Williams v. Morris
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95 U.S. 444 (1877)
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U.S. Supreme Court
Williams v. Morris, 95 U.S. 444 (1877)
Williams v. Morris
95 U.S. 444
1. Under the laws of Maryland prevailing in the District of Columbia, an interest in lands made by livery and seisin only, or by parol, except leases not exceeding the term of three years, has only the force and effect of an estate at will.
2. The Court applies to this case the doctrines announced in Barry v. Coombe, 1 Pet. 640, and Purcell v. Miner, 4 Wall. 513, as to what must be set forth in a written contract for the sale of lands, and what is sufficient part performance of a parol contract for such sale to take it out of the statute of frauds.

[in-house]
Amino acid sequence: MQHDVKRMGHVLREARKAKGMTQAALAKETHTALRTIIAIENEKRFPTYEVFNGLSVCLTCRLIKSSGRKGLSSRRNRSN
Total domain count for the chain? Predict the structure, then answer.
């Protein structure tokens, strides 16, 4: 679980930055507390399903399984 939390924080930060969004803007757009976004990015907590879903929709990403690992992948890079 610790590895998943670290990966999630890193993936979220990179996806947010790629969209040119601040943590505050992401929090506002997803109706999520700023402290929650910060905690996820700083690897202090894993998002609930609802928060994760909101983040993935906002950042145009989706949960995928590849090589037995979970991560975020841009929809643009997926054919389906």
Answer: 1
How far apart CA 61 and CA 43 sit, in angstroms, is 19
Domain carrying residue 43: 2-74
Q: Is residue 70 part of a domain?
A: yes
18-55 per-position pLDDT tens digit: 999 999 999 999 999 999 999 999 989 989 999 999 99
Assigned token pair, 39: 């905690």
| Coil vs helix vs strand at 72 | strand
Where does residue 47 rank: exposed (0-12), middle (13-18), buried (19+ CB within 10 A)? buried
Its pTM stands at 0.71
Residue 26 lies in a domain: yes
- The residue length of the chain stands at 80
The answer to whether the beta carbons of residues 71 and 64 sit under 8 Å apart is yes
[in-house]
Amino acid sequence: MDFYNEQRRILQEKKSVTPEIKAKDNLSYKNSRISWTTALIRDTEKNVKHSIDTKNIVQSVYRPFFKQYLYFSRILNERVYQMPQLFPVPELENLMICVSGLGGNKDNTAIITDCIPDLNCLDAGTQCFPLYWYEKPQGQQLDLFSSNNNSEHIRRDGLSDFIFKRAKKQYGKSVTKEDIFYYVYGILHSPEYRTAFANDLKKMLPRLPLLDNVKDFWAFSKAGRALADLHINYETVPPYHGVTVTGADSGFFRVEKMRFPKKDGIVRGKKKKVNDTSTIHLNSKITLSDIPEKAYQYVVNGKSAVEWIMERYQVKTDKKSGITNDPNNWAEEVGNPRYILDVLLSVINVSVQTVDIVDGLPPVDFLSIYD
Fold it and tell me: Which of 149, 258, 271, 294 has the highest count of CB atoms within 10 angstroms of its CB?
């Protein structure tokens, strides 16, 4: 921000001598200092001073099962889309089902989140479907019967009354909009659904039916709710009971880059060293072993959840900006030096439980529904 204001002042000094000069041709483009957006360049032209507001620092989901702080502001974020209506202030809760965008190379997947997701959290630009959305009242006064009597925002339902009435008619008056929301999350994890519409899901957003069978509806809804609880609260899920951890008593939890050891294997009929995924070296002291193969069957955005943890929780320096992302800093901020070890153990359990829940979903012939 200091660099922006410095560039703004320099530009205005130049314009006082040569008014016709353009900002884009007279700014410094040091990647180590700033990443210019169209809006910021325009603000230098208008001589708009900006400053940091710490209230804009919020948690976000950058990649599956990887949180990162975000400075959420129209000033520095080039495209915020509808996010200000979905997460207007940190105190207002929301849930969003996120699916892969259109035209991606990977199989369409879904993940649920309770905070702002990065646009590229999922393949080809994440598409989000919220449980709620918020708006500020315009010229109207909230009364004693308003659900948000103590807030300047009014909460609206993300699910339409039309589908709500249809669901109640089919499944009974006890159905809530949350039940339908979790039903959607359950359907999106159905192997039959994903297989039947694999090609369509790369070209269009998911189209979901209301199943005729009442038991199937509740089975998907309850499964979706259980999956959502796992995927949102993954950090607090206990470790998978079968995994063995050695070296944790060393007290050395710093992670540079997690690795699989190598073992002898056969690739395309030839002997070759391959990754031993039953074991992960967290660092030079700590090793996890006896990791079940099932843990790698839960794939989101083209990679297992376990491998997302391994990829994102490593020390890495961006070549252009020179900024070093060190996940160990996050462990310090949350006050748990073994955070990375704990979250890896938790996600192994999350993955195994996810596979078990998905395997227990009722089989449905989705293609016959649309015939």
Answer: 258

3. There is nothing in this case to bring it by analogy within the statute of limitations which govern courts of law.
In February, 1856, James Williams leased by parol certain land in the City of Washington, the legal title to which stood in his name, to Thomas B. Florence, with the privilege by the latter of purchasing it for $6,000. In the following month, Florence entered into possession as tenant of said James, and made certain improvements. On October, 1856, Florence, having learned that the heirs of John Williams were entitled to an undivided moiety of the land, entered, with the consent of James, into a written contract with them for the purchase of their interest, which by decree was conveyed to him in 1864.